Eduardo Paolozzi, ‘RARE Lithograph with personal dedication to Frank Martin, legendary head of sculpture department at St. Martin's School of Art’, 1980, Alpha 137 Gallery
Eduardo Paolozzi, ‘RARE Lithograph with personal dedication to Frank Martin, legendary head of sculpture department at St. Martin's School of Art’, 1980, Alpha 137 Gallery
Eduardo Paolozzi, ‘RARE Lithograph with personal dedication to Frank Martin, legendary head of sculpture department at St. Martin's School of Art’, 1980, Alpha 137 Gallery
Eduardo Paolozzi, ‘RARE Lithograph with personal dedication to Frank Martin, legendary head of sculpture department at St. Martin's School of Art’, 1980, Alpha 137 Gallery

This lithograph is a rare Artist's Proof, bearing a personal inscription and dedication in pencil by British Pop Artist Eduardo Paolozzi to sculptor Frank Martin, head of the sculpture department of Saint Martin's School of Art from 1952 to 1979. Frank Martin brought young and forward-thinking sculptors into the department to teach, among them Anthony Caro, Isaac Witkin, Robert Clatworthy, Elizabeth Frink, and Eduardo Paolozzi. They and those round them came to be known as the New Generation of British sculptors. In the 1960s and 1970s the sculpture department at Saint Martin's was, in the words of Tim Scott: "the most famous in the art world". A rare piece - with very special provenance.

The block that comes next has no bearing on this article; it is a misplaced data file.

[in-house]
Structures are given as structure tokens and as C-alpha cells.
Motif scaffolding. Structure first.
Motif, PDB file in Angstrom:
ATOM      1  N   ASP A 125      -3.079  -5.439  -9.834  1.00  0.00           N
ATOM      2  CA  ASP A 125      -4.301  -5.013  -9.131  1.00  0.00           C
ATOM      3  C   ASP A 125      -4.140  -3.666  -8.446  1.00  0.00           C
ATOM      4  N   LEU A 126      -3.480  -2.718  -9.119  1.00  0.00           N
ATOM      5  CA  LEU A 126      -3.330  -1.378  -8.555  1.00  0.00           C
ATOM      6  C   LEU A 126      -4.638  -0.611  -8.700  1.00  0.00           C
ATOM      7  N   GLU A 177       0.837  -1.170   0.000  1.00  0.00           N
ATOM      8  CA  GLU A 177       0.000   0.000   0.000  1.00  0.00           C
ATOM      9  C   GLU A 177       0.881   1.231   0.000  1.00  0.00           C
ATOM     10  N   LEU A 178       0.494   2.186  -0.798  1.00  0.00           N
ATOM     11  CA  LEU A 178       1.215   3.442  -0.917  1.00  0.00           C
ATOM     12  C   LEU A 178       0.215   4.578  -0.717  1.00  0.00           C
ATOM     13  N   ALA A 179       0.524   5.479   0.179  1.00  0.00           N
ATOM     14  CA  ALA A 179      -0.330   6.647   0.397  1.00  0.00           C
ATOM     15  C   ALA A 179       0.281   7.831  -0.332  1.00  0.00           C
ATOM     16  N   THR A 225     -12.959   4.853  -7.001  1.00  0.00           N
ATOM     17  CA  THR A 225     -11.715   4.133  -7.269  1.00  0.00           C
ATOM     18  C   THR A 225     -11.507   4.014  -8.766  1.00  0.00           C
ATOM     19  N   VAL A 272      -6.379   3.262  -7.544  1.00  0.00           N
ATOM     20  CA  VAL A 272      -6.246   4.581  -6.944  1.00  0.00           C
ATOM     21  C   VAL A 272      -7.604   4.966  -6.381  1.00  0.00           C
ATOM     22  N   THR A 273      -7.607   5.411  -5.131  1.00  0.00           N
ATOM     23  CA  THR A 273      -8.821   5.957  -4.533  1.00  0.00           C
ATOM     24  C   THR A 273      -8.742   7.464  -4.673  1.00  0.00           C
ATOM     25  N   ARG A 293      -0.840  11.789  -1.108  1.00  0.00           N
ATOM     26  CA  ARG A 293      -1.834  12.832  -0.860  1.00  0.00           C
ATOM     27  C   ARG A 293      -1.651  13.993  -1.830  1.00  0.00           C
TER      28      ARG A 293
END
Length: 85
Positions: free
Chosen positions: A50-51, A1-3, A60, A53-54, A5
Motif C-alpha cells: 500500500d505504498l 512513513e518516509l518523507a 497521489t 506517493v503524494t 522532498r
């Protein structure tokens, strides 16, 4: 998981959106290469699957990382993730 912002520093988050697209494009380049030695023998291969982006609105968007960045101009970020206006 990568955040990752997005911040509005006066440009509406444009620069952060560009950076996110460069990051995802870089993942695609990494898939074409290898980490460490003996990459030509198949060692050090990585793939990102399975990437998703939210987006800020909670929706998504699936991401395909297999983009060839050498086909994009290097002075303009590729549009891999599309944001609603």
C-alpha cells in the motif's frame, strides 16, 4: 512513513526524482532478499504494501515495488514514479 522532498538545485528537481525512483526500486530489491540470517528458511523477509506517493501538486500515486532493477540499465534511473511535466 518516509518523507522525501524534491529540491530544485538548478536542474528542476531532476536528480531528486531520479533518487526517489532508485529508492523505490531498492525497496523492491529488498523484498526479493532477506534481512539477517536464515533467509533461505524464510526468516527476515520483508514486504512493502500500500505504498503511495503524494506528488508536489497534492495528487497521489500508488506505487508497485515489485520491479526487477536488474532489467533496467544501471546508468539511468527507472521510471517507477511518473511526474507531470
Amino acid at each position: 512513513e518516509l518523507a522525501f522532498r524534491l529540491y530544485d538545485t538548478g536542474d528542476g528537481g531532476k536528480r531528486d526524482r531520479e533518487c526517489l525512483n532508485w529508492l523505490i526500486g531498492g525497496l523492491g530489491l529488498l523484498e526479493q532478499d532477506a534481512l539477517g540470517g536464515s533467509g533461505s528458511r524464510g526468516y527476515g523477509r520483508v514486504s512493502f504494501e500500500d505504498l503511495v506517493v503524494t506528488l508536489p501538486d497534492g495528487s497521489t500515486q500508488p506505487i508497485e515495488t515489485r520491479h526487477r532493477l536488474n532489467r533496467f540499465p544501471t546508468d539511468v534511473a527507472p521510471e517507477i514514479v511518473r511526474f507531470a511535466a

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Signature: Pencil signed, dated, annotated and inscribed to Frank Martin; bears publishers' distinctive blind stamp

Estate of Frank Martin

About Eduardo Paolozzi

Fascinated by modern machines and technology, Eduardo Paolozzi produced graphic art, collages, pottery, films, mosaics, and sculptures inspired by industrial engineering. His early bronze sculptures of anguished human figures incorporated impressions made by machines as well as found objects, synthesizing them to evoke new associations. This later developed into a new process of piecing together works from prefabricated aluminum and brass casting molds; the resulting geometric human forms have often been described as “totems for the technological age.” Crucially, Paolozzi came to embrace technology rather than perceiving it as a demon to be feared, and wrote and lectured extensively on how popular culture and science should inform sculpture. He is often cited as an important exponent of Surrealism in Great Britain, as well as an influence on Pop Art.

Scottish, 1924-2005, Leith, United Kingdom, based in London, United Kingdom